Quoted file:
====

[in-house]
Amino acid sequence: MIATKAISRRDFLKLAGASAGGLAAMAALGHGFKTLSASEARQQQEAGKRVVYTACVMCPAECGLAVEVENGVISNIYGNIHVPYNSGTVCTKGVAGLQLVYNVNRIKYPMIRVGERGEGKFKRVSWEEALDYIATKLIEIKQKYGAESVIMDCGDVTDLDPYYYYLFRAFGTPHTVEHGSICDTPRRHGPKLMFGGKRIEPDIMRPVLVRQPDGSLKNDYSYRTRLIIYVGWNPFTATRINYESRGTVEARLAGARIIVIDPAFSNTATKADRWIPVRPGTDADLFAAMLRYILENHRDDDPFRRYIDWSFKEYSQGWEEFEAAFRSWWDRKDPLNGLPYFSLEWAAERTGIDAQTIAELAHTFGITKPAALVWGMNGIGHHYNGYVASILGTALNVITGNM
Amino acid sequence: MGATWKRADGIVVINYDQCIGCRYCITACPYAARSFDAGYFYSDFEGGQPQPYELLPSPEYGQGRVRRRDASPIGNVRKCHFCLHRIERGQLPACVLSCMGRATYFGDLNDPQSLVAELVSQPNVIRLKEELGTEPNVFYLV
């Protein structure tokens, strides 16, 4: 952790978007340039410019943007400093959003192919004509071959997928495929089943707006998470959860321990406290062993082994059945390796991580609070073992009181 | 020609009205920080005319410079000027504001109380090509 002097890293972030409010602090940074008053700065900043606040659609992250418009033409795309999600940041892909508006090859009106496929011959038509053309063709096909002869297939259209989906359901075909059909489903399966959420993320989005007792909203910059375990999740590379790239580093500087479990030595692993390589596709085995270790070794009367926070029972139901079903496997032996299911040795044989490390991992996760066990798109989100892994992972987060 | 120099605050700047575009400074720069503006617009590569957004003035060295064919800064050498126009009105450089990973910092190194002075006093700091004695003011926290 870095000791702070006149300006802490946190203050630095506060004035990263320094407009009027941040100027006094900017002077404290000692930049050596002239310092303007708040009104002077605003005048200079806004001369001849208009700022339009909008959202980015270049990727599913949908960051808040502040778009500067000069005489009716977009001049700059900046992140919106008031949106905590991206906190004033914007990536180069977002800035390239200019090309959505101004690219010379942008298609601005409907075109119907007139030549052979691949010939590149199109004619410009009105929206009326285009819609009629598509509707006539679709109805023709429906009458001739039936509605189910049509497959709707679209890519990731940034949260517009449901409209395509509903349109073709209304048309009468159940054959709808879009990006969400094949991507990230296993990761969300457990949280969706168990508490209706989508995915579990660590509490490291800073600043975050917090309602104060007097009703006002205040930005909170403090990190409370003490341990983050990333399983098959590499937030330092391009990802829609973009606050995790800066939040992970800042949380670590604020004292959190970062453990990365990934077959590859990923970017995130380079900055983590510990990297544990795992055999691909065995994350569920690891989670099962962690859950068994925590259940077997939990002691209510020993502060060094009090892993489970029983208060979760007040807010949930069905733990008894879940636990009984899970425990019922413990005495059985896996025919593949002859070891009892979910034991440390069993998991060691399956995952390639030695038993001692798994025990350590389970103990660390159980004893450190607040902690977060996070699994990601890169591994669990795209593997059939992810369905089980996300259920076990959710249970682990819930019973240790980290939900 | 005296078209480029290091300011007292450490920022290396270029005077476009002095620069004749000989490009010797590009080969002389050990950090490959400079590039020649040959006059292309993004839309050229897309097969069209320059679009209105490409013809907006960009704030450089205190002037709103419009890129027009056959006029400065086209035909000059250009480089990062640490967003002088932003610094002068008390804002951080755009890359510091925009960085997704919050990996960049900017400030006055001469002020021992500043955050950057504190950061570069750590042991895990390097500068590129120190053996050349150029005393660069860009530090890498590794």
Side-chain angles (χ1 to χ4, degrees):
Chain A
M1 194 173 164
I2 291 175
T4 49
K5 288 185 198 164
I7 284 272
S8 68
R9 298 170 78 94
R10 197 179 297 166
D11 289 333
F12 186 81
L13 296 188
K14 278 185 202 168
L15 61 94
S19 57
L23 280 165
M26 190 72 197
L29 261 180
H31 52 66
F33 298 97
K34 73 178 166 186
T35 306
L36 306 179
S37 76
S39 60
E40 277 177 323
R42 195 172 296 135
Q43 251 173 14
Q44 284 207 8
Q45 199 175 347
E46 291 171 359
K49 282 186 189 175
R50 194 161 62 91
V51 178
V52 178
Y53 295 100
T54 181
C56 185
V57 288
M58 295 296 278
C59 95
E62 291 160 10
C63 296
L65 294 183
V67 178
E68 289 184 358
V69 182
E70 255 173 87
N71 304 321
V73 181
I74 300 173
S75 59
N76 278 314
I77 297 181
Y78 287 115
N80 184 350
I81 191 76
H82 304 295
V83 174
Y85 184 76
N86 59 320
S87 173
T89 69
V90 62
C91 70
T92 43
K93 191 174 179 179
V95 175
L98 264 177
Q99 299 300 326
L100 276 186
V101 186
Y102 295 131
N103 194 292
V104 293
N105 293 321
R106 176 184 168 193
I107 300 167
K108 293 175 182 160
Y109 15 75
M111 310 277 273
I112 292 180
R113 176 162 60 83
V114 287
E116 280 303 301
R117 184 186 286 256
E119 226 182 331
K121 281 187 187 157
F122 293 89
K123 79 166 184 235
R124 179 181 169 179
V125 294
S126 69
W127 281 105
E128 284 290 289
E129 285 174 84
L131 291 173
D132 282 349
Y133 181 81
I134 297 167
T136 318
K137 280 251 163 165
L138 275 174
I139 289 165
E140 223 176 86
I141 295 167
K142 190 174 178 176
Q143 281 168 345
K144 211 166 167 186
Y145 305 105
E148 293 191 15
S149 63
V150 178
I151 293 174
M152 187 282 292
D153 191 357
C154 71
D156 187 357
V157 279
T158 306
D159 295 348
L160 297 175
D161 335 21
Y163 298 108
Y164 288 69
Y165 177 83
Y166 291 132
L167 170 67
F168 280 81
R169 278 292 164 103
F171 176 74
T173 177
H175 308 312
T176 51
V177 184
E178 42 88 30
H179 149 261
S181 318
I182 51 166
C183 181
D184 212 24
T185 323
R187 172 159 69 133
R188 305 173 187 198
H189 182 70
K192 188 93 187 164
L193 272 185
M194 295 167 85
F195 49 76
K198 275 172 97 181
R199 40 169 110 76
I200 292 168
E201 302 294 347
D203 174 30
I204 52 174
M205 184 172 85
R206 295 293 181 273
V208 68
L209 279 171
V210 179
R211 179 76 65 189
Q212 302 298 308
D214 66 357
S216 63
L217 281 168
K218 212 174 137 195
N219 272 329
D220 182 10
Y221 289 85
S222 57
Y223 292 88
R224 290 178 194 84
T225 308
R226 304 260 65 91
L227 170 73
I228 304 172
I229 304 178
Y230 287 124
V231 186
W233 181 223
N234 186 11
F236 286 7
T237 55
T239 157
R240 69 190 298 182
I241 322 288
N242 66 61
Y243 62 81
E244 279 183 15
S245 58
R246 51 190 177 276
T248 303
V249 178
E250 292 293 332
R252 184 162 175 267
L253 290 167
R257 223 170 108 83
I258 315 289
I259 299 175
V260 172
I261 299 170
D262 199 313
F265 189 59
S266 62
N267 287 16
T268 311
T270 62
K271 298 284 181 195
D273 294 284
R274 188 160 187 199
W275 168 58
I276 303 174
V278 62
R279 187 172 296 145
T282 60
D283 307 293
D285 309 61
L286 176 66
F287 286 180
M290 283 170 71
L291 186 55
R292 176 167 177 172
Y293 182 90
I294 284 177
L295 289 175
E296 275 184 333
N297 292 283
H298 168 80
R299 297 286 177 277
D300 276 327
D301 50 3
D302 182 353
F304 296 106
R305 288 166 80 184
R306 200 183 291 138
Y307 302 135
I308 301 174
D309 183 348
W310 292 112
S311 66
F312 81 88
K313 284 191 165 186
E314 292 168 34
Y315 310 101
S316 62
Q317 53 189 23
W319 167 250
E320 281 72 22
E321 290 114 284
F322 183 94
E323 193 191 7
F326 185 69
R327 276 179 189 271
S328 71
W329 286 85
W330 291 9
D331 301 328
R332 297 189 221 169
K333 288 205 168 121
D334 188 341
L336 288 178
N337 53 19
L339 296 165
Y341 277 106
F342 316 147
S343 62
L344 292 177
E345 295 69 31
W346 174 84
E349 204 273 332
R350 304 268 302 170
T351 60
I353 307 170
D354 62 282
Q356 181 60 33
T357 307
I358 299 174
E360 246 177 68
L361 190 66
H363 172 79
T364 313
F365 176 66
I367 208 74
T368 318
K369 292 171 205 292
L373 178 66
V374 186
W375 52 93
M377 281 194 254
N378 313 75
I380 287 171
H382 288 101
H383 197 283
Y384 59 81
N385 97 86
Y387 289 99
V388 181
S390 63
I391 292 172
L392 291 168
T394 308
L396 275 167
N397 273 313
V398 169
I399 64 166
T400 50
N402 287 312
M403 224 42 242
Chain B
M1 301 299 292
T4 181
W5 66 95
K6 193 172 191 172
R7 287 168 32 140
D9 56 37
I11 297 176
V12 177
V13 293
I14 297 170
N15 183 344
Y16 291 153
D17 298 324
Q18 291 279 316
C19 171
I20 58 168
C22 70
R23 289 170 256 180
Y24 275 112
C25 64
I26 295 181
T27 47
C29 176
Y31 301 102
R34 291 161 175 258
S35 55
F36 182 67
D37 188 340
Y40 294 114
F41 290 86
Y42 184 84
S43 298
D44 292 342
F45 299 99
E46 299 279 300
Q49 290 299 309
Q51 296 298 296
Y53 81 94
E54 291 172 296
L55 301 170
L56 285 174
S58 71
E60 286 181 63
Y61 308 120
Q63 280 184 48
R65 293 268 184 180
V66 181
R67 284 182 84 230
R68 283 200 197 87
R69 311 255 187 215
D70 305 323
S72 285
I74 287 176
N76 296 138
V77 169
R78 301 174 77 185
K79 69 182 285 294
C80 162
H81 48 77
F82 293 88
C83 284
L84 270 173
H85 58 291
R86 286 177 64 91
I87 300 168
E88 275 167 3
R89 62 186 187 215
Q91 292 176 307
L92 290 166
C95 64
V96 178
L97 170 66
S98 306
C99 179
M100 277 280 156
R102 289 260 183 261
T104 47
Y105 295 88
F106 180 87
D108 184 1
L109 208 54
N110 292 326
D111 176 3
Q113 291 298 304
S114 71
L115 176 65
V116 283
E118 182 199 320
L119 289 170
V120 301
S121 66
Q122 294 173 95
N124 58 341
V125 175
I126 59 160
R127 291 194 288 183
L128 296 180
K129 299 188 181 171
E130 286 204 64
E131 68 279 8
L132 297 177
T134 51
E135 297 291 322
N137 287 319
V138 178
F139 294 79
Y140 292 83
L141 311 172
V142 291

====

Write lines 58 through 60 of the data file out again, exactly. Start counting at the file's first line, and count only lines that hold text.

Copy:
N76 278 314
I77 297 181
Y78 287 115